The American steel industry was abuzz with tariff talk throughout the month of March. After months of speculation that the United States would take a firmer stance on steel and aluminum trade, the Trump administration handed down steep tariffs on foreign supplies. The news initially sent shares of leading domestic steel producers like Nucor and United States Steel Corporation (NYSE: X) soaring.
But the euphoria didn't last long. Shares of both Nucor and United States Steel gave back all of their trade-related gains before the end of March and are now down 13% and 25%, respectively, since the announcement. While the up-and-down month proved that tariffs alone are not a solid foundation for an investing thesis in the industry, that's especially true when considering United States Steel Corporation stock.
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By the numbers
United States Steel turned in a strong year of operations in 2017. In fact, it was the most profitable annual period since 2014 on the basis of segment operating profits. The last time net income matched last year's level was 2009. It was all made possible by years of restructuring and difficult decisions that are finally paying off.
The performance delivered by quickly improving operations explains why Wall Street was giddy with excitement when it was announced that some form of tariffs (and possibly even quotas) would indeed be enforced. That's because tariffs would impose steep premiums on imported steel, while quotas would reduce the amount of steel legally allowed to be imported. Both actions would hand domestic producers market share virtually overnight -- if they were enacted.
So why did Mr. Market decide to rescind his gift of a higher share price? Well, despite the Trump administration announcing major tariffs on steel and aluminum from basically any foreign source, things aren't so simple in practice. Certain grades of steel aren't manufactured in the United States. That includes strategically important materials, such as those used to build pipelines needed to transport the country's surging levels of oil and natural gas.
Therefore, it was inevitable that the tariffs would come with quite a few exceptions as dozens of countries and industries lined up to ask for exemptions. It didn't take long for such a situation to materialize, and once Wall Street saw the writing on the wall, it decided United States Steel may not receive much -- if any -- boost from revamped trade policy.
Then again, even if tariffs did have teeth, the company's history of fumbling away market opportunities shouldn't be overlooked by investors.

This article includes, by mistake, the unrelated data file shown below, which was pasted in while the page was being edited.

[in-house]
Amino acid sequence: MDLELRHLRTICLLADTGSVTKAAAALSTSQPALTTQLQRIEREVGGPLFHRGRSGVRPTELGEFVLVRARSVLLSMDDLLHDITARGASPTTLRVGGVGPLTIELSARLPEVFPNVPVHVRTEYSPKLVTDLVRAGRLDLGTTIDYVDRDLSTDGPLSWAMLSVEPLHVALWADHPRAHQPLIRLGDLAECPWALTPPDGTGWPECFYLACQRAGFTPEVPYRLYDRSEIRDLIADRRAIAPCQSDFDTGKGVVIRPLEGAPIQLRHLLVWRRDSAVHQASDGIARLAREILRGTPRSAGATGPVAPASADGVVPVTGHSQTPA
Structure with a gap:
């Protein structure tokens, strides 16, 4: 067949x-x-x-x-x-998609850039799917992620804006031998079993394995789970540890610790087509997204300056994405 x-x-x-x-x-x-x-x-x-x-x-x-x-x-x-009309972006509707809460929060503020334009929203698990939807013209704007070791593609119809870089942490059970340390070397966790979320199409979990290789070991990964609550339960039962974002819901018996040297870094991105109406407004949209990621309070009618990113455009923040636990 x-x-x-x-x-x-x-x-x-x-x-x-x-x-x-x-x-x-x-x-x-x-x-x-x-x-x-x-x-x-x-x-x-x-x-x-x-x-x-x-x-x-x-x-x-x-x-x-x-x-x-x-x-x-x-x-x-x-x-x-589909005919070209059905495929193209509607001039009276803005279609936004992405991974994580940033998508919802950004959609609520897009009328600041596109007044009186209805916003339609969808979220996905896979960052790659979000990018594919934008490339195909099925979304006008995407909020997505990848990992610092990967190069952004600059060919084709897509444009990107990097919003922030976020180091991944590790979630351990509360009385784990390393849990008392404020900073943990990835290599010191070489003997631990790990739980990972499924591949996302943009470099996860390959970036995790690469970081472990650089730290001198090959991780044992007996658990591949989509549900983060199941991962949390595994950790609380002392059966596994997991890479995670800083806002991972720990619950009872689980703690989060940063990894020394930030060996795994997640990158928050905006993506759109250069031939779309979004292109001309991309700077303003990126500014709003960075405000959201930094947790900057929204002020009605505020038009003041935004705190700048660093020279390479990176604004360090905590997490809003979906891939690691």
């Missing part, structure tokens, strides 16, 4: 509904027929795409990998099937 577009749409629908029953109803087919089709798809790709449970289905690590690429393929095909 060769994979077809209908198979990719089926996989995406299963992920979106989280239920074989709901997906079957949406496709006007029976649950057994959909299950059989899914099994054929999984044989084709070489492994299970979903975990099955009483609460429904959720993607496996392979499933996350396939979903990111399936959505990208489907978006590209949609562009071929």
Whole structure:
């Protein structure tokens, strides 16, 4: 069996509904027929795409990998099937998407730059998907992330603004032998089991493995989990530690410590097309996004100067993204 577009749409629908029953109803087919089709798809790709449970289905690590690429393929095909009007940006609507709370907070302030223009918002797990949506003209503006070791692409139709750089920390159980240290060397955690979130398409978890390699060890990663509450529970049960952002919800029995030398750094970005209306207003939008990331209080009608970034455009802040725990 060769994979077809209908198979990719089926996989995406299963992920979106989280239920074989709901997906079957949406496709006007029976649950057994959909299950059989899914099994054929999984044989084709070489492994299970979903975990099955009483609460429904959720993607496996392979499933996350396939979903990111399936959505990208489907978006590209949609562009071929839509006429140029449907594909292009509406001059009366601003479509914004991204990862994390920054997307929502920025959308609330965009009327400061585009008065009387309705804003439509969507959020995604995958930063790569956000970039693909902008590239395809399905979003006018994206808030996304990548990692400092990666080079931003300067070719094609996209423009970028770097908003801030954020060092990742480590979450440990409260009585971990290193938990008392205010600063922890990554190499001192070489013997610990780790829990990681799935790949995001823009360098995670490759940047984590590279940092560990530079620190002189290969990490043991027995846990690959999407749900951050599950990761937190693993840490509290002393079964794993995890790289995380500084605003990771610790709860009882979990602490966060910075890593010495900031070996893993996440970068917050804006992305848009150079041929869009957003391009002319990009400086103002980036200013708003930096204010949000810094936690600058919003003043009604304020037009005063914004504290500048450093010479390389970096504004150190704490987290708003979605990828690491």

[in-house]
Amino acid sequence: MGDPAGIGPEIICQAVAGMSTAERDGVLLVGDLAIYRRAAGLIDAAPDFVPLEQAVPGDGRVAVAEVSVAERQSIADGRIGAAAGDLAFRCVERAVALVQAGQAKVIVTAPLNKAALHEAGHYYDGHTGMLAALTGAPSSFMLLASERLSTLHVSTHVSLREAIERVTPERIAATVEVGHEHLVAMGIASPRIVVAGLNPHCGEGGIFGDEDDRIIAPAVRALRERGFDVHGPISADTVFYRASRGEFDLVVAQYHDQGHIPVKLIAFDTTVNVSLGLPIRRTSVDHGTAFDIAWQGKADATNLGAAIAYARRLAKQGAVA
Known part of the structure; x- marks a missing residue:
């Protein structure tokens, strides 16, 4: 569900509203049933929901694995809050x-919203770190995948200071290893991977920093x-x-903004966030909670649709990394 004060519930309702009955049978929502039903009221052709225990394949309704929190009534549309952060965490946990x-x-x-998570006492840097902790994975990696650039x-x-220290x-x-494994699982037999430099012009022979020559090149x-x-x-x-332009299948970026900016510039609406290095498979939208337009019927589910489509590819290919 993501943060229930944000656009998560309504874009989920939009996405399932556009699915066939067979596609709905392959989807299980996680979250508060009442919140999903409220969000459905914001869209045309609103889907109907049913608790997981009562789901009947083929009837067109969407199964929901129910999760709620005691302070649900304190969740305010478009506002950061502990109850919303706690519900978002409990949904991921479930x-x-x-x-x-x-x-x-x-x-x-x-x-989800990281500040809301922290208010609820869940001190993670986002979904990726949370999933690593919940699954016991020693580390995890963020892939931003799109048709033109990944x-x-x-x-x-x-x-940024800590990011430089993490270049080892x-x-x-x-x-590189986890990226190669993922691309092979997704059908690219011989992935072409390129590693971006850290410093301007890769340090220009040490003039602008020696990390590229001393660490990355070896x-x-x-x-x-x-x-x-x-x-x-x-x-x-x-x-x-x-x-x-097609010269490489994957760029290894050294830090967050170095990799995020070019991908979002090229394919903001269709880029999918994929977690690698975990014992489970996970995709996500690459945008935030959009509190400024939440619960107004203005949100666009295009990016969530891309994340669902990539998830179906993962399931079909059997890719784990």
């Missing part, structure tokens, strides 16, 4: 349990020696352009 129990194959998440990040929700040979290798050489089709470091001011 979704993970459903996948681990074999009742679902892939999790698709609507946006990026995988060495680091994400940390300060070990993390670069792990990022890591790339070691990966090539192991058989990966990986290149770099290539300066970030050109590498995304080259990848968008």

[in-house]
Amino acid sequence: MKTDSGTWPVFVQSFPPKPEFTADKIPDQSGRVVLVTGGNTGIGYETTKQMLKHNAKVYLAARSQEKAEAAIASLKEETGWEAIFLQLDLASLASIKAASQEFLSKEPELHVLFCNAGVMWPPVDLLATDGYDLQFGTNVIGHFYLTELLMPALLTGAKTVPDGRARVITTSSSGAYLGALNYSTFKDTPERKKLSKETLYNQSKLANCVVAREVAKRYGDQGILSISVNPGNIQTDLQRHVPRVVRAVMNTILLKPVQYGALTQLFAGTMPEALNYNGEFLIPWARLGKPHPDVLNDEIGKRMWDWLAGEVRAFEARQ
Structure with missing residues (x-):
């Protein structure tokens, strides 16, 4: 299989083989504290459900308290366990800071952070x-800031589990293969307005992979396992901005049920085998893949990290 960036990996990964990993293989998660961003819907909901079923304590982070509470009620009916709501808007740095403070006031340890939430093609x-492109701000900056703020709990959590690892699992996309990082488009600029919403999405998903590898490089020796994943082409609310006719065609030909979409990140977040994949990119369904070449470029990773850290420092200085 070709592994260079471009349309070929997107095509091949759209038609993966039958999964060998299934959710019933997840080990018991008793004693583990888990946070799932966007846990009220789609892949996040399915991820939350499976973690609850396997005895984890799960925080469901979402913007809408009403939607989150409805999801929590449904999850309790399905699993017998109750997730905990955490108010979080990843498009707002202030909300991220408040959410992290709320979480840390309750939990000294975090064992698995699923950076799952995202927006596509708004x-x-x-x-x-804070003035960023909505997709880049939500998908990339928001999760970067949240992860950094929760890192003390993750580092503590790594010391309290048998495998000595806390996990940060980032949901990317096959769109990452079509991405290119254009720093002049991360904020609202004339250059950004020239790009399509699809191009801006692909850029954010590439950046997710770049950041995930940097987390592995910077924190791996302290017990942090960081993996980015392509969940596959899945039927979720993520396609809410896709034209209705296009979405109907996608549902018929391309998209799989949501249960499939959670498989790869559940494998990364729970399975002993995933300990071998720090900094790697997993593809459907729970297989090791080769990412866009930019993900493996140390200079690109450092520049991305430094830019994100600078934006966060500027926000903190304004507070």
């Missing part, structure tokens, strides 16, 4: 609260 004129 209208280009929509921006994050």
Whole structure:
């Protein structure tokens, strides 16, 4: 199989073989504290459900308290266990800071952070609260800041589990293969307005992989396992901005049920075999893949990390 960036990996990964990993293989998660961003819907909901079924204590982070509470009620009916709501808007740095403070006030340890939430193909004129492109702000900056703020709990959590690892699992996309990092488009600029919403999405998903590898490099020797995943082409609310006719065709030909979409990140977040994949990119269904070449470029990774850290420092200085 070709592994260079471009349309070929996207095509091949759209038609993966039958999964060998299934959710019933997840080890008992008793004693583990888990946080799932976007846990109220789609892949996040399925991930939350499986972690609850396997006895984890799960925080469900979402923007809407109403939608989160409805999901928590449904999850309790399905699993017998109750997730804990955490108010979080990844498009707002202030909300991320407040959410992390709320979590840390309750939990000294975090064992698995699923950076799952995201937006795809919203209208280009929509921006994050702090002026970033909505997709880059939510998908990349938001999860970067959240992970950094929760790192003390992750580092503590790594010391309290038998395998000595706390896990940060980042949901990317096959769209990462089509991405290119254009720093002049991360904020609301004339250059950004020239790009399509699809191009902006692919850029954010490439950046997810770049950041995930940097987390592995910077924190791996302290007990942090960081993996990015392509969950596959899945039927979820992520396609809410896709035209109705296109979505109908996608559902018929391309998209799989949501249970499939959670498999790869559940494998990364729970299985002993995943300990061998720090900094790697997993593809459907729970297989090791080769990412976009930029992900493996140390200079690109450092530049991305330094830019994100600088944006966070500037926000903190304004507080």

For example, despite an abundance of warning signs, United States Steel purchased Canadian steel manufacturer Stelco in 2007 for $1.1 billion when steel prices hit an all-time high. It ended up being sold about a decade later for just $124 million. As The Motley Fool's Tyler Crowe has noted, the acquisition is a shining example of the company's long history of poor capital allocation and downright awful timing.
That history should also make investors wonder if any potential opportunities created by tariffs wouldn't be wasted away in a similar fashion. It may not matter much in the near-term, anyway, as trade issues won't result in a more favorable market for United States Steel in 2018.
That means investors will have to rely on operational improvements to carry the stock. At the moment, there's no denying that the stock is among the most expensive among its steel and aluminum peers. Can it grow into its premium valuation? Perhaps. The good news is management has guided for full-year 2018 net income of $685 million and diluted EPS of $3.88.
The bad news is investors have been here before. Seemingly every time the industry cycle peaks and the business begins to improve, United States Steel turns too aggressive and ends up paying for its mistakes later. Management also admitted the numbers in its full-year 2018 guidance are subject to change based on market conditions and that initial guidance was solely based on selling prices from the end of January. But given the high degree of uncertainty regarding international trade at the moment, it would be best for investors to remain grounded.
Don't get greedy with this steel stock
By now most market analysts have realized that potential tariffs on imported steel are unlikely to have any substantial near-term impact on the operations of American steel companies. Shares of United States Steel have performed among the worst in the industry since Mr. Market came to that realization, in large part because of the business' industry-lagging metrics and multiples. Simply put, investors shouldn't get greedy with United States Steel Corporation.
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